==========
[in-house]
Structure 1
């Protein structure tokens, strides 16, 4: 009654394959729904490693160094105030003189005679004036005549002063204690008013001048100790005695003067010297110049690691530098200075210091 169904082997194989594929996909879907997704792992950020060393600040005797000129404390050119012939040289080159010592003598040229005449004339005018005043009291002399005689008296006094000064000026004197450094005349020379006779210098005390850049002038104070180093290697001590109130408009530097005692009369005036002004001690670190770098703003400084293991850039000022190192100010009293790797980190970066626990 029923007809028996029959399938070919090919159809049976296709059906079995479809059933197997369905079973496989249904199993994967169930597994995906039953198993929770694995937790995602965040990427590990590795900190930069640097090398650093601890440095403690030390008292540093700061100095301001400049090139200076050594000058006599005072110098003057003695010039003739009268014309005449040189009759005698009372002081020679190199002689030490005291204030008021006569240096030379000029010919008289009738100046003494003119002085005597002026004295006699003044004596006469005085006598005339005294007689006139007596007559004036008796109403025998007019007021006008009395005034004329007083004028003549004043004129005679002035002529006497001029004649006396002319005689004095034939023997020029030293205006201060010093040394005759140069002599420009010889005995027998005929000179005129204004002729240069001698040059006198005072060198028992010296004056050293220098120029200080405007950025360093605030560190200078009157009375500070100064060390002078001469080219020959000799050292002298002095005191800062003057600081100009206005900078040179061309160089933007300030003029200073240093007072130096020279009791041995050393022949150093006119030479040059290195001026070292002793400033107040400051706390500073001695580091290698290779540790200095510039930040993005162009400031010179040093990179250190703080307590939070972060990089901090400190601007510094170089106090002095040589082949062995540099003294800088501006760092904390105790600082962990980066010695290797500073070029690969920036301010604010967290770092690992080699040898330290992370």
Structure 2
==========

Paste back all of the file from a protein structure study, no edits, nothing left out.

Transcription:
[in-house]
Structure 1
């Protein structure tokens, strides 16, 4: 009654394959729904490693160094105030003189005679004036005549002063204690008013001048100790005695003067010297110049690691530098200075210091 169904082997194989594929996909879907997704792992950020060393600040005797000129404390050119012939040289080159010592003598040229005449004339005018005043009291002399005689008296006094000064000026004197450094005349020379006779210098005390850049002038104070180093290697001590109130408009530097005692009369005036002004001690670190770098703003400084293991850039000022190192100010009293790797980190970066626990 029923007809028996029959399938070919090919159809049976296709059906079995479809059933197997369905079973496989249904199993994967169930597994995906039953198993929770694995937790995602965040990427590990590795900190930069640097090398650093601890440095403690030390008292540093700061100095301001400049090139200076050594000058006599005072110098003057003695010039003739009268014309005449040189009759005698009372002081020679190199002689030490005291204030008021006569240096030379000029010919008289009738100046003494003119002085005597002026004295006699003044004596006469005085006598005339005294007689006139007596007559004036008796109403025998007019007021006008009395005034004329007083004028003549004043004129005679002035002529006497001029004649006396002319005689004095034939023997020029030293205006201060010093040394005759140069002599420009010889005995027998005929000179005129204004002729240069001698040059006198005072060198028992010296004056050293220098120029200080405007950025360093605030560190200078009157009375500070100064060390002078001469080219020959000799050292002298002095005191800062003057600081100009206005900078040179061309160089933007300030003029200073240093007072130096020279009791041995050393022949150093006119030479040059290195001026070292002793400033107040400051706390500073001695580091290698290779540790200095510039930040993005162009400031010179040093990179250190703080307590939070972060990089901090400190601007510094170089106090002095040589082949062995540099003294800088501006760092904390105790600082962990980066010695290797500073070029690969920036301010604010967290770092690992080699040898330290992370």
Structure 2